I'm a real latecomer to the herd of people who've seen Christopher Nolan's epic mind-bender Inception. I thought it'd be beneficial to take in Memento right before that too, since for some reason THAT film eluded me on release as well.
Both of these films have been hyped to heaven by my friends and people online. While I think both films were fine compelling experiences, I don't think they deserve all the accolades, in particular Inception which I have on friendly authority is 'the best film ever made'.
Nolan's direction in both movies is fine. I think he strikes a great balance between confusing viewers and leading you to formulating your own conclusions, important particularly in Memento where the protagonist is just as unknowing as the viewer.
Also in Memento he twist ending isn't shocking because you come into it almost gradually (which Nolan intended) and many probably guessed most of what the climax contained before then. The mind-bending part is how the movie conveys memory and context and keeping you watching on two levels the whole time. I found some aspects rather unbelievable (the tatooing, that he'd have time to reacqauint with the notes every day, etc), but this is the kinda shit more considered in hindsight than jerking me out of the movie while I was watching it. I don't know enough about the real-life memory disorder to have been analysing it at the time. But here's the thing: this movie was hyped to death. If I'd just watched it on its own it'd have been an above average movie with a remarkable way of conveying chronology-- only Irreversible really comes to mind as similar. But everyone was 'oh you gotta see it, the ending is just unbelievable!' or 'you'll be blown away by the twists and turns'. Well, I wasn't. I guess maybe my imagination went the wrong way when I heard 'unbelievable ending' and 'twists' to where I was expecting a film as wrenching as Se7en.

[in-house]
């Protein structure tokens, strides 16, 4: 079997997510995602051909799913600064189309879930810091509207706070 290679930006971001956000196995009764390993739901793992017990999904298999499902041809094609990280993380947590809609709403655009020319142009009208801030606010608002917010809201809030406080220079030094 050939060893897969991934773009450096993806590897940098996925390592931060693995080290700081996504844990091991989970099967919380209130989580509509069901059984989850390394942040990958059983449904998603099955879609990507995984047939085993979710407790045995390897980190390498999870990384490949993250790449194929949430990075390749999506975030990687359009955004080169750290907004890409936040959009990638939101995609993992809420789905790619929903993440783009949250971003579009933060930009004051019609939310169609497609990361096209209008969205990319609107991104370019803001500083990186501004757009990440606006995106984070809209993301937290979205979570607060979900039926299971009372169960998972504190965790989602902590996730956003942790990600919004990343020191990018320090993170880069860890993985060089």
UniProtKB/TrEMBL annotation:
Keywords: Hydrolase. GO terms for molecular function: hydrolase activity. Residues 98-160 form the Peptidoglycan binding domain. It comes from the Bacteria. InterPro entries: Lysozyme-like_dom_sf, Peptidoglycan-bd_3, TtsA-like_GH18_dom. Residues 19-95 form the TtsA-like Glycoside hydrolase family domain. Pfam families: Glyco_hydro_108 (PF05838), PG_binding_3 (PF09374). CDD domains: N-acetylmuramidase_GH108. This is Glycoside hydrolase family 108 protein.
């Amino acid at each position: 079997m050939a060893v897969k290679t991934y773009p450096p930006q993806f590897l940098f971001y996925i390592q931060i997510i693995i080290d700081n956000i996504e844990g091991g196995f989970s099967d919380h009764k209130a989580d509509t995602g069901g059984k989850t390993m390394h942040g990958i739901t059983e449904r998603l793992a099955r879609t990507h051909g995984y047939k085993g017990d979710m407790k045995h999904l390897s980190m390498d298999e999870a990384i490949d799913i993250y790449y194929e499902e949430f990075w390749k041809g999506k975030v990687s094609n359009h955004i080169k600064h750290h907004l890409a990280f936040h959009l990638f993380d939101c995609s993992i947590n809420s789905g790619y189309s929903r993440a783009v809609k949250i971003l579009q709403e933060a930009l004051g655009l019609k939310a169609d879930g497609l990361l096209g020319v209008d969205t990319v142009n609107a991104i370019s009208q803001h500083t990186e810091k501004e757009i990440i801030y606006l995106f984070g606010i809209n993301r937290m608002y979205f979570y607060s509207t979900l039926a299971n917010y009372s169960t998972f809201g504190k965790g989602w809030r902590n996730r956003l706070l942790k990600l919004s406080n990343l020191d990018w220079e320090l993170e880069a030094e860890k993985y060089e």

Then Inception. Again with the hype only on a monumental scale culminating in eight Oscar nominations. With this movie, Nolan also does nothing really wrong, but it just doesn't go anywhere particularly affecting for me. Like Memento, you are challenged to keep track of what's what (this time perception as opposed to memory), and I think it is great that a film, especially a mega-budget one challenges the audience to do more than just sit there and take it in. But again, it's a thinker that after it is over didn't leave me pondering it. Not even the fabled spinning top at the end. Nolan says he's had so many people ask him about this, but for me, I saw it, noted the ambiguity, made my decision about what it meant right then and there, and moved on. I guess it wasn't ambiguous to me REALLY at all. In the case of Inception I think all the hype led me to believe it was 2010's The Matrix. For me, it wasn't. The Matrix had a 'twist' that was affecting (and thank heavens I saw it opening night). When Lawrence Fishburne finally holds that battery up to Keanu Reeves, that one scene was stronger to me than anything in the entirety of Inception. I think Inception is tighter and 'smarter' in a lot of ways than The Matrix is... but that wasn't enough. Not for all the 'best thing ever' shit I've been hearing about it. Like some reviewers I really wish the dream sequences had been a bit more 'out there'. I realise remembering dreams is tricky, but it is pretty well established that logic in dreams is different or non-existent. The dreams in Inception are incredibly consistent and well-ordered, however much common physical laws seem to bend at times. I think more 'insanity' was probably in order.
Neither film has anything really incompetent about it. Nolan's done good. These movies are just victims, to me, of the hype machine. But if I'd seen them when they first came out (and I think seeing Inception on the small screen for the first time really did it a disservice) I think I would've been dismayed by all the hype to come out subsequently.